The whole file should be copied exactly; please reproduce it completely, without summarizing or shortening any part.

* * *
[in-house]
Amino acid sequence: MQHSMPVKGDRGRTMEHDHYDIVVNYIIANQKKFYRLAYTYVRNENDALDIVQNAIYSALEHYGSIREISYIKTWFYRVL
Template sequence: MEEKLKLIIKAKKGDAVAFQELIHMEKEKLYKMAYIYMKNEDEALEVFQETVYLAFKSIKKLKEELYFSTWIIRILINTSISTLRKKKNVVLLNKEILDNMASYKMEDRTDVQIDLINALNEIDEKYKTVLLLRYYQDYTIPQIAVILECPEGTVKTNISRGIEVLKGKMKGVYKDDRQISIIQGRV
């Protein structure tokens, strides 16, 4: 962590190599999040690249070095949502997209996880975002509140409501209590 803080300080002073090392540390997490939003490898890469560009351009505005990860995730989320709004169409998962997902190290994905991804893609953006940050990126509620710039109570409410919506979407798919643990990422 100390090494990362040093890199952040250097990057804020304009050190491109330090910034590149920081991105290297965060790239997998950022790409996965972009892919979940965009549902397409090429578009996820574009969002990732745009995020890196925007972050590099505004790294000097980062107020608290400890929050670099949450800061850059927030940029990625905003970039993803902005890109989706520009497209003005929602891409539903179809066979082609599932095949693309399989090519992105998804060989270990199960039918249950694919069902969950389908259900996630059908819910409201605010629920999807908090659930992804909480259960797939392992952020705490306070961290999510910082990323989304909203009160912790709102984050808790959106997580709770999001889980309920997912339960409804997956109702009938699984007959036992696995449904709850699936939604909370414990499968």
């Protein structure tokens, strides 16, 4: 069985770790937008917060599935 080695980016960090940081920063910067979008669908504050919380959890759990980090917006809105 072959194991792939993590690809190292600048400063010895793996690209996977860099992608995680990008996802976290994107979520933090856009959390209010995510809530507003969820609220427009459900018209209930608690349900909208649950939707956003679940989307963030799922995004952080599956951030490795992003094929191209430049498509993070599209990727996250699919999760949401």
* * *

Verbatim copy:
[in-house]
Amino acid sequence: MQHSMPVKGDRGRTMEHDHYDIVVNYIIANQKKFYRLAYTYVRNENDALDIVQNAIYSALEHYGSIREISYIKTWFYRVL
Template sequence: MEEKLKLIIKAKKGDAVAFQELIHMEKEKLYKMAYIYMKNEDEALEVFQETVYLAFKSIKKLKEELYFSTWIIRILINTSISTLRKKKNVVLLNKEILDNMASYKMEDRTDVQIDLINALNEIDEKYKTVLLLRYYQDYTIPQIAVILECPEGTVKTNISRGIEVLKGKMKGVYKDDRQISIIQGRV
């Protein structure tokens, strides 16, 4: 962590190599999040690249070095949502997209996880975002509140409501209590 803080300080002073090392540390997490939003490898890469560009351009505005990860995730989320709004169409998962997902190290994905991804893609953006940050990126509620710039109570409410919506979407798919643990990422 100390090494990362040093890199952040250097990057804020304009050190491109330090910034590149920081991105290297965060790239997998950022790409996965972009892919979940965009549902397409090429578009996820574009969002990732745009995020890196925007972050590099505004790294000097980062107020608290400890929050670099949450800061850059927030940029990625905003970039993803902005890109989706520009497209003005929602891409539903179809066979082609599932095949693309399989090519992105998804060989270990199960039918249950694919069902969950389908259900996630059908819910409201605010629920999807908090659930992804909480259960797939392992952020705490306070961290999510910082990323989304909203009160912790709102984050808790959106997580709770999001889980309920997912339960409804997956109702009938699984007959036992696995449904709850699936939604909370414990499968």
């Protein structure tokens, strides 16, 4: 069985770790937008917060599935 080695980016960090940081920063910067979008669908504050919380959890759990980090917006809105 072959194991792939993590690809190292600048400063010895793996690209996977860099992608995680990008996802976290994107979520933090856009959390209010995510809530507003969820609220427009459900018209209930608690349900909208649950939707956003679940989307963030799922995004952080599956951030490795992003094929191209430049498509993070599209990727996250699919999760949401």